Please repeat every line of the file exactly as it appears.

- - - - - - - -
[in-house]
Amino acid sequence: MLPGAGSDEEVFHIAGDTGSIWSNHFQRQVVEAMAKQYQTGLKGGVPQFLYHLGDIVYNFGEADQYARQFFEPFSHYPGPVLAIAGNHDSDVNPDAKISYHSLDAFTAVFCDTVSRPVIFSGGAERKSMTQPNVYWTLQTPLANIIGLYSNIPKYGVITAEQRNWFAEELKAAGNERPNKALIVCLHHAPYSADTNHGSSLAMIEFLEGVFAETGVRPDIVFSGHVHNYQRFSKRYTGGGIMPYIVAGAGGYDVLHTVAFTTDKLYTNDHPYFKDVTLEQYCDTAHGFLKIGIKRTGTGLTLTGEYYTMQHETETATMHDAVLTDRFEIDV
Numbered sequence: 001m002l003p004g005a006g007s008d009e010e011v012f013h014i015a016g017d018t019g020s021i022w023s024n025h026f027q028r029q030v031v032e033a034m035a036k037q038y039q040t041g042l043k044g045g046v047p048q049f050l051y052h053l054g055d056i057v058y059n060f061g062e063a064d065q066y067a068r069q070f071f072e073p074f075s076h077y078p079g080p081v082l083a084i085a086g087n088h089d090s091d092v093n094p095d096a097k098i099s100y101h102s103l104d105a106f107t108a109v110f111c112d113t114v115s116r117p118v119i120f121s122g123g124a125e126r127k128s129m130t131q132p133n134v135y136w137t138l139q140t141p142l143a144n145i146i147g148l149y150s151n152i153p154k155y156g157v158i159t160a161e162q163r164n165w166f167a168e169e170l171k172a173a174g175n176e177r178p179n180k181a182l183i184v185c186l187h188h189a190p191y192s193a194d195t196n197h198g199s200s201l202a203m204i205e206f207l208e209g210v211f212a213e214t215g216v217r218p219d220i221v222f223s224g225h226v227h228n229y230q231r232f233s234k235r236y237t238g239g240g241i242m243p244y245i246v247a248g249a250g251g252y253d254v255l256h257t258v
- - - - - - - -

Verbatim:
[in-house]
Amino acid sequence: MLPGAGSDEEVFHIAGDTGSIWSNHFQRQVVEAMAKQYQTGLKGGVPQFLYHLGDIVYNFGEADQYARQFFEPFSHYPGPVLAIAGNHDSDVNPDAKISYHSLDAFTAVFCDTVSRPVIFSGGAERKSMTQPNVYWTLQTPLANIIGLYSNIPKYGVITAEQRNWFAEELKAAGNERPNKALIVCLHHAPYSADTNHGSSLAMIEFLEGVFAETGVRPDIVFSGHVHNYQRFSKRYTGGGIMPYIVAGAGGYDVLHTVAFTTDKLYTNDHPYFKDVTLEQYCDTAHGFLKIGIKRTGTGLTLTGEYYTMQHETETATMHDAVLTDRFEIDV
Numbered sequence: 001m002l003p004g005a006g007s008d009e010e011v012f013h014i015a016g017d018t019g020s021i022w023s024n025h026f027q028r029q030v031v032e033a034m035a036k037q038y039q040t041g042l043k044g045g046v047p048q049f050l051y052h053l054g055d056i057v058y059n060f061g062e063a064d065q066y067a068r069q070f071f072e073p074f075s076h077y078p079g080p081v082l083a084i085a086g087n088h089d090s091d092v093n094p095d096a097k098i099s100y101h102s103l104d105a106f107t108a109v110f111c112d113t114v115s116r117p118v119i120f121s122g123g124a125e126r127k128s129m130t131q132p133n134v135y136w137t138l139q140t141p142l143a144n145i146i147g148l149y150s151n152i153p154k155y156g157v158i159t160a161e162q163r164n165w166f167a168e169e170l171k172a173a174g175n176e177r178p179n180k181a182l183i184v185c186l187h188h189a190p191y192s193a194d195t196n197h198g199s200s201l202a203m204i205e206f207l208e209g210v211f212a213e214t215g216v217r218p219d220i221v222f223s224g225h226v227h228n229y230q231r232f233s234k235r236y237t238g239g240g241i242m243p244y245i246v247a248g249a250g251g252y253d254v255l256h257t258v